For a festival dedicated by name to the confines of one sub-genre, an attendee could be forgiven without question for the anxieties provoked by a line-up lacking in eclecticism or an audience exclusive and ostracising of the outsider. Manchester Psych Fest 2018 annihilated these fears.
Alternative by definition, the festival manifested a colourful commercial for artistic diversity, showcasing acts both local and of the nations in its heterogeneous selection of sounds from the murky grunge dwellings of Baba Naga, Mold and the Wytches to the twisted pop of Pearl City and Caro. Embracing such eclectics with a line-up of majority female-led/all-female artists, this year Manchester Psych Fest challenged the patriarchal typicality of indie music showcase.
Near sold-out, audience numbers were high from the off, as the youthful acts of the early hours took to the stage before busy rooms of passionate punters, many clad in band shirts and plaid, as cultural identities of Northern Quarter psychedelia hit the fore.
Slow Knife and Mold thereby set a tone of shadows and quirks for the rest of the day at Soup Kitchen and Night & Day Café respectively, together exposing the dark corners of young creative thought; Slow Knife a suited sextet of cinematic jazz, punk and poetry, and Mold an extremist addition to the abrasive visuals of contemporary prog-punk, engaging their war-painted faces as though the witches of Macbeth took up psych-rock ‘upon the heath.’
Despite some early acts of noticeable aesthetic incoherence and lack of on-stage bite, stand-out sets of soaring contrast from female-fronted the Cosmics and Saba Lou at Soup Kitchen once again championed the variety of the genre, as Birmingham’s answer to False Advertising, the Cosmics engaged a riff-driven performance to rest long in the memory of the audience packed tight in the basement venue of intangible charm.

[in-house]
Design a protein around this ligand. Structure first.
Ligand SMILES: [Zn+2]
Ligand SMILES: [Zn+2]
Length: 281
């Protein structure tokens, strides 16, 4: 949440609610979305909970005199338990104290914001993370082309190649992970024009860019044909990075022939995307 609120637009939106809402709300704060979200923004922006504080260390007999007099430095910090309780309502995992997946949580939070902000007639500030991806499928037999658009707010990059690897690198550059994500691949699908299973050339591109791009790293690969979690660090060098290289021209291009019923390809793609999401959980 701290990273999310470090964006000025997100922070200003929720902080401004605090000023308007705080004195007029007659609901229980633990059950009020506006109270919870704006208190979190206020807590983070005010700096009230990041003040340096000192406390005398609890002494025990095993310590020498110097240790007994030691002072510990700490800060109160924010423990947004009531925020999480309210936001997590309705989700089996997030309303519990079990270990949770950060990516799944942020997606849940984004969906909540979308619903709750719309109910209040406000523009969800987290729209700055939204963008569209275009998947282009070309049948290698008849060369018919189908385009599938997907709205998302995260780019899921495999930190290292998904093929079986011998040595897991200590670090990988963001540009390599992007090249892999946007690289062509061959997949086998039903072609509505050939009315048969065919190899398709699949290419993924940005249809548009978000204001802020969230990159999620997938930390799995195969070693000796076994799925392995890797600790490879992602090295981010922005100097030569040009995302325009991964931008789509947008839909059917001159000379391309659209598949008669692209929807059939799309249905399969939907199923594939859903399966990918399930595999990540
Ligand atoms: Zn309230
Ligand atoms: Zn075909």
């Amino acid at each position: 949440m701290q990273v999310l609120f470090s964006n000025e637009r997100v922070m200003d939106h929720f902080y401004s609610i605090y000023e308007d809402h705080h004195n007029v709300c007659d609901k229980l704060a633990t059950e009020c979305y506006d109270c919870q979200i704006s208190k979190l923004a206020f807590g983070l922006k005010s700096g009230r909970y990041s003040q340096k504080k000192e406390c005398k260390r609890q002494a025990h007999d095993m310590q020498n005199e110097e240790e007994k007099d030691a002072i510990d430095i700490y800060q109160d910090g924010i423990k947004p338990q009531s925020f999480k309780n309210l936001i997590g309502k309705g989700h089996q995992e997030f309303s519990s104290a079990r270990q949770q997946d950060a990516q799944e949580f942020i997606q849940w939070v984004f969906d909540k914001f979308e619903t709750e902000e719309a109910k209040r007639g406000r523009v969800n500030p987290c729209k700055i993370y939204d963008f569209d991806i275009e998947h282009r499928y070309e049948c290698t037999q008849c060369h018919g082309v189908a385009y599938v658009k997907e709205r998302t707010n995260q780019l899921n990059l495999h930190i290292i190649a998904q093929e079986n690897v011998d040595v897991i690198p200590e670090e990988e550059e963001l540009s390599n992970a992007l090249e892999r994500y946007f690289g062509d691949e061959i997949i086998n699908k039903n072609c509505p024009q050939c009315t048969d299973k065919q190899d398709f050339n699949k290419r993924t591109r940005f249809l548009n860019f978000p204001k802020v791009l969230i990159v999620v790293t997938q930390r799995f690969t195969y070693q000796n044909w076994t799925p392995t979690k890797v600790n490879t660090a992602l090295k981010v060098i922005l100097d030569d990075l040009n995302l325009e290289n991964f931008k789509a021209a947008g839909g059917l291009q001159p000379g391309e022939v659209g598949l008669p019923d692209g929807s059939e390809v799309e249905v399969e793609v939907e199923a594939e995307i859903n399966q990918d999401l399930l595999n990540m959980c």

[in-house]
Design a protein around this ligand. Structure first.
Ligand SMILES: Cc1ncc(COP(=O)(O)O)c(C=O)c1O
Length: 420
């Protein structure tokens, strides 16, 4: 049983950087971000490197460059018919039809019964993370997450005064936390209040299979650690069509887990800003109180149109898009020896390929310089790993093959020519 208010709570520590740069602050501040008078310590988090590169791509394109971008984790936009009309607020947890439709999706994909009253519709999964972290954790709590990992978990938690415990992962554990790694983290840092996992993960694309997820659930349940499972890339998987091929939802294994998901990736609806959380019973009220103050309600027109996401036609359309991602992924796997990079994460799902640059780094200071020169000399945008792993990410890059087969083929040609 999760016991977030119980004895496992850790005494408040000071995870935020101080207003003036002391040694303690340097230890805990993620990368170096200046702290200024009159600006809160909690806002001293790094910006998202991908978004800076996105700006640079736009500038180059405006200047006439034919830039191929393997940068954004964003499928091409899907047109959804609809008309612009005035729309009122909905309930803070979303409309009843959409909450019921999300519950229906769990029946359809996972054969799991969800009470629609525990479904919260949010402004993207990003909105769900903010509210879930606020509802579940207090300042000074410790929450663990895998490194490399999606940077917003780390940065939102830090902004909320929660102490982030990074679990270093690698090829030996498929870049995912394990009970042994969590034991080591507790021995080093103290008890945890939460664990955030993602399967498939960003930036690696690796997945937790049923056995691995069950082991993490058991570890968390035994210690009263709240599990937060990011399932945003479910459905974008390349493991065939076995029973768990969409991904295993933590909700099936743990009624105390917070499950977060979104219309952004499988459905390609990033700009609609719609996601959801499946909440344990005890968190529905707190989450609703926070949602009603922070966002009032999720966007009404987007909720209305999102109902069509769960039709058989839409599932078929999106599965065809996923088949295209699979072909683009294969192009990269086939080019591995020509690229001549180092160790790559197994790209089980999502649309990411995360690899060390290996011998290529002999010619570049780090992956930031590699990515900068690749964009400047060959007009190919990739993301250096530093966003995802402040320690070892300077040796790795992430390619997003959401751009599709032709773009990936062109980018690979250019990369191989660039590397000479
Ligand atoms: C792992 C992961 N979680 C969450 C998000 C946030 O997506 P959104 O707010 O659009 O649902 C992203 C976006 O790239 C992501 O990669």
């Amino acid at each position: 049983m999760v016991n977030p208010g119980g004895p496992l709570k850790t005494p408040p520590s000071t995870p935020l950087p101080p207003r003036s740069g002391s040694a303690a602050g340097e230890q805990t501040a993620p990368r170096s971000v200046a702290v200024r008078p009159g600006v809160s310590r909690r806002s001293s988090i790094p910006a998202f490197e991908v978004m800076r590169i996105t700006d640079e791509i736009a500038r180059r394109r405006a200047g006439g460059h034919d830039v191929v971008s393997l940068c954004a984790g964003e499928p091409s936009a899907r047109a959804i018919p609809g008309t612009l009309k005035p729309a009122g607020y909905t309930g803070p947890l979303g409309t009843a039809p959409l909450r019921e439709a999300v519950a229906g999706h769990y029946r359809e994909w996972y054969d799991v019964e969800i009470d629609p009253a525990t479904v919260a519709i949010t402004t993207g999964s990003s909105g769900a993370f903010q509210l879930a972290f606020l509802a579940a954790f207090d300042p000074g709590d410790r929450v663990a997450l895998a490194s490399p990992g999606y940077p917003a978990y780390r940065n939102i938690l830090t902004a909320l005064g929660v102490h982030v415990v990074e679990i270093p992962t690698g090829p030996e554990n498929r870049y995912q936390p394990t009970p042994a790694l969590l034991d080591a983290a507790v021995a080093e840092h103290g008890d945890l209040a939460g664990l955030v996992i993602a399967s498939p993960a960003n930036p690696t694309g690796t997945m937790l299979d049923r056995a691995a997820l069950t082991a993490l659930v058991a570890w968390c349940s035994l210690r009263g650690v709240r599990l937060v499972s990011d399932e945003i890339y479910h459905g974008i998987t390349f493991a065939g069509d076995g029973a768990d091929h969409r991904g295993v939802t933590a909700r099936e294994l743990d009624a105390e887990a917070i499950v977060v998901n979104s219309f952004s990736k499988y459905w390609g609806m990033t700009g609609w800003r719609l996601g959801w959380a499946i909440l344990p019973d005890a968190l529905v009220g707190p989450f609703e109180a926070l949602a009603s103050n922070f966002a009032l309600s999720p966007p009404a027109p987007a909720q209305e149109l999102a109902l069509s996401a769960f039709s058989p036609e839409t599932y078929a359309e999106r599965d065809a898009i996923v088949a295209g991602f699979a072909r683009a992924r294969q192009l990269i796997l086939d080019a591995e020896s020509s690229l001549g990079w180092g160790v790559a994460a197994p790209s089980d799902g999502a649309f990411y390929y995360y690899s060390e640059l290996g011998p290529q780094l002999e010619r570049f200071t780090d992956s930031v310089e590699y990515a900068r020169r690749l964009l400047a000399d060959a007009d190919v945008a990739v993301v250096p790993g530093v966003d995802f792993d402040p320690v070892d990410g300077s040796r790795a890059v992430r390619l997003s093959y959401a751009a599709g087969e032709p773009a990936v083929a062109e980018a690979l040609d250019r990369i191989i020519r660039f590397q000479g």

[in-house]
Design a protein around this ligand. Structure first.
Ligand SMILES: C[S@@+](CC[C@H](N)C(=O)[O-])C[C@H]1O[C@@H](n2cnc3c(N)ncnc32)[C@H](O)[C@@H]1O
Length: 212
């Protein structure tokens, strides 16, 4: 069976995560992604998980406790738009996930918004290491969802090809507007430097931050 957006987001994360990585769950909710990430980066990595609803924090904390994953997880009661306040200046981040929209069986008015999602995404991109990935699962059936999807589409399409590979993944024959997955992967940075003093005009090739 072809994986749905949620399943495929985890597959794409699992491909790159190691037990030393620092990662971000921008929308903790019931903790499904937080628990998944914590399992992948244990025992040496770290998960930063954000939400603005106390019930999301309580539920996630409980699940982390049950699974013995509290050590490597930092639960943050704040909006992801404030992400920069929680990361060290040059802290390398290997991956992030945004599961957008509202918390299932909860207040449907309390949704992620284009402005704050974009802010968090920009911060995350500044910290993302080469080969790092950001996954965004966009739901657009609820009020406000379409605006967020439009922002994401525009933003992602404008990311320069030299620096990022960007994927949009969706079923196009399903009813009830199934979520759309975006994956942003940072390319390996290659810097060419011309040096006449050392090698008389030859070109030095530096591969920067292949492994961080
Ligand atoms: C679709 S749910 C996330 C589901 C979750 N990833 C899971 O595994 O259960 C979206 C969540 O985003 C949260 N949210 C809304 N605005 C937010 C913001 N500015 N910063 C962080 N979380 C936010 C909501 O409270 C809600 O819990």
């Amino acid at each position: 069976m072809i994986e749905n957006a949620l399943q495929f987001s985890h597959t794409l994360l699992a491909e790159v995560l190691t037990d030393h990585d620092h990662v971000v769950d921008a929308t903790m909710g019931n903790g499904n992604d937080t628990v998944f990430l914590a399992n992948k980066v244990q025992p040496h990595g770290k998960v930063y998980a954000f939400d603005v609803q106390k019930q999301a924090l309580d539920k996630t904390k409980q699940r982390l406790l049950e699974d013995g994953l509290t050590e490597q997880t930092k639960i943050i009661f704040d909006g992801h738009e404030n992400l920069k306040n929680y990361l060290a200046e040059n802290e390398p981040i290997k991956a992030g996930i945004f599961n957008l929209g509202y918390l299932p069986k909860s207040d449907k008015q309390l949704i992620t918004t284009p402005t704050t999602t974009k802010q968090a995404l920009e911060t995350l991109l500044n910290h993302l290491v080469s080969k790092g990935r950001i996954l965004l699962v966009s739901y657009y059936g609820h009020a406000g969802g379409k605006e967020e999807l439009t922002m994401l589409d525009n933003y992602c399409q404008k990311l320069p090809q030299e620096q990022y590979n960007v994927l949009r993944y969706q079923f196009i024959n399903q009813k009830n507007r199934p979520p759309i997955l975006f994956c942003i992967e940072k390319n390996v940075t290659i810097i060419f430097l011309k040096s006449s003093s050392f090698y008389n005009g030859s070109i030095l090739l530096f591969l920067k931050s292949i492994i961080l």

Where German quartet Saba Lou told tales of revenge and alien abduction along to shuffling soft-rock, the Cosmics unleashed an adolescent anger against the irritations of a job in retail. Art, eh.
One fizzing set of DIY sensibility and snarl at Band On The Wall from London garage punks, Abjects, and an inexpressibly delicious chole masala wrap later (courtesy of Chiit Chaat – Indian Street Food, stationed at the Peer Hat’s upstairs bar – Band On The Wall and Soup Kitchen also offered street food outlets throughout the day), attention had to be turned to the Peer Hat’s venue itself. Another basement – dingy, sweating, and not inappropriately comparable to Dostoevsky’s …Underground – the four venues collectively reflected the diversity of not only this alternative genre’s offerings but the Manchester scene as a whole.
London’s Creatures took the room time-travelling, transporting the swathes of shakers to the West Coast 60s with vintage rhythm tumble and vocals warm enough to warrant a Moore Bond theme, before Caro uncaged an erratic art-pop animal on the snug stage, initiating pedalboard mad-science and syncopated jerk for a humbly numbered young crowd lost in the Leeds trio’s surrealist lyrical reverie – listen to ‘Closet Lunatic;’ not a chance they don’t read books.
Exhibiting an opportunity for a toe-dip in another fresh unknown, Baba Naga and the Wytches captured a darkened escape from the quintessentially colourful offerings of the rest of the festival, continuing the early work of Mold to flag-fly all that grunge can do for ambience, as they added to the day’s collaged display of guitar culture. Riffs, wails, and face-hiding fringes; would it still be psych without them?
But it was Honeyblood who brought it all together. It is arguable that the Glasgow duo was, despite headlining the festival, ironically the least exemplary of psych on the list, however the crowd’s response would beg to differ, with a number (myself, I confess, included) passing on the chance to catch the final moments of She Drew The Gun or Toy (that one hurt) to instead watch the Scottish garage rockers set the stage.
Singing of childhood and friendship with enough grit and heck to shake at Band On The Wall’s traditional histories, there was something in Honeyblood and their music for all at the festival, as they caught Club Skunk liberation-pop and punkish nostalgia in one graceful ambience of storytelling sweetness to conclude the festival with a feel-good that was transcendent of all the boxes.
Photo Credit: Annie Feng